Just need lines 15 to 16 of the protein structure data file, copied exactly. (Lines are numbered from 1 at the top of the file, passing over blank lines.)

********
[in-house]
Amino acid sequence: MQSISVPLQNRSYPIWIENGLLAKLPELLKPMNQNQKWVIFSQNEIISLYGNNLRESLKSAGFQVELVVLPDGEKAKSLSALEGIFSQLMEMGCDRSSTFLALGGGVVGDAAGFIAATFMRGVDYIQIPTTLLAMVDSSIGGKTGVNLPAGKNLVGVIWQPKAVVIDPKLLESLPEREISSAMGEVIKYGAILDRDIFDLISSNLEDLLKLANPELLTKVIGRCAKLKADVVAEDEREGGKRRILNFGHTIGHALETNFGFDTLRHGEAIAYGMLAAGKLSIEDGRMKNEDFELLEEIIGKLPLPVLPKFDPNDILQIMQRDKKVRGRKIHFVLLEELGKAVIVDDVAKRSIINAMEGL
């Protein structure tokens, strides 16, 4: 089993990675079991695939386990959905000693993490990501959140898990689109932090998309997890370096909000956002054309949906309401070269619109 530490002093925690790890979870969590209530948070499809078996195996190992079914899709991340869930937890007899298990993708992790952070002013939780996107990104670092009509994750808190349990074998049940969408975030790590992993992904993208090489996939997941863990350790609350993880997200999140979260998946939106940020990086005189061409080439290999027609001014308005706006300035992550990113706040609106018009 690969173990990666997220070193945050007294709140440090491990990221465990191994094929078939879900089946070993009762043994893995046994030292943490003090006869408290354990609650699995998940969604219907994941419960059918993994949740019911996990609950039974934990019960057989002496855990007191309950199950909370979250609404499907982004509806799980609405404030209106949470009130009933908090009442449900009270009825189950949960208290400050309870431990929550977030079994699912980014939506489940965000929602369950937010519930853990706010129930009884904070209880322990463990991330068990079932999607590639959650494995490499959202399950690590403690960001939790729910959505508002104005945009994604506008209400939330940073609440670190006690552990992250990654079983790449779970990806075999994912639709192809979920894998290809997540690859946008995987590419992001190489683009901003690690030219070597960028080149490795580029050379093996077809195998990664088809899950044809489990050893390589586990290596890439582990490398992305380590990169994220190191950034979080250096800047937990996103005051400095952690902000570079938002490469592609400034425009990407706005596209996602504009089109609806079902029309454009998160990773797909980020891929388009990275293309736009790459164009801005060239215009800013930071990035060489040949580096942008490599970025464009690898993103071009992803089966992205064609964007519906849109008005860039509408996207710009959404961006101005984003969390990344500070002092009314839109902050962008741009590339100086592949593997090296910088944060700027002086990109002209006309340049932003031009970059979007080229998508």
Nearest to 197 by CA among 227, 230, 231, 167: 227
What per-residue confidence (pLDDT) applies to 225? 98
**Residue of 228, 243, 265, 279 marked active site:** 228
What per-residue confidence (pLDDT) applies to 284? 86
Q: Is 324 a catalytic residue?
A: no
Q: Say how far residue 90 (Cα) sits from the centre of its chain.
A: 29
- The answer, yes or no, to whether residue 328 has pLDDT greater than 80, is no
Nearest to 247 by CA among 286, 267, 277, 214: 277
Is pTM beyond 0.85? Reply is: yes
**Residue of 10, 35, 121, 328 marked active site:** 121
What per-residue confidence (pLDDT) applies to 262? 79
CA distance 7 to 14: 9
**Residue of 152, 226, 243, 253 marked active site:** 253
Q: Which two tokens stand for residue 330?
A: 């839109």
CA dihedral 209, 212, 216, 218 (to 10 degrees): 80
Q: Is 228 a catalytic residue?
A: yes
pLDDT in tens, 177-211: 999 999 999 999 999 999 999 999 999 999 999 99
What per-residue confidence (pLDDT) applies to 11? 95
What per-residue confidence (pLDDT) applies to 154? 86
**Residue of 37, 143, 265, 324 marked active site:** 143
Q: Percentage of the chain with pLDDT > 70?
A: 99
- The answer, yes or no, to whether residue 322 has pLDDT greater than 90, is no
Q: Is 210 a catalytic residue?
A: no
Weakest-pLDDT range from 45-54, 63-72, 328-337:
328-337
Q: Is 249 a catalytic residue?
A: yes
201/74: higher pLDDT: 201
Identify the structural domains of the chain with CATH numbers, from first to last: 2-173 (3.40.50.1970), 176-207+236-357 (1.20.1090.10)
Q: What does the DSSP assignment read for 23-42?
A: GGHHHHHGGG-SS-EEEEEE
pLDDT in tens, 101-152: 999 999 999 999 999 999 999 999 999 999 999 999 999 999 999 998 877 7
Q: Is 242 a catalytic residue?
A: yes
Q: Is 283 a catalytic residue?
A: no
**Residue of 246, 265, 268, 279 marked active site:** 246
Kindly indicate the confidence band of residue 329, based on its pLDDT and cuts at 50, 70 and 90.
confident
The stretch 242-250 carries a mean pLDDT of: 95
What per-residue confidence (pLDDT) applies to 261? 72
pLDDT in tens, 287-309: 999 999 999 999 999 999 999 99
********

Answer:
**Residue of 10, 35, 121, 328 marked active site:** 121
What per-residue confidence (pLDDT) applies to 262? 79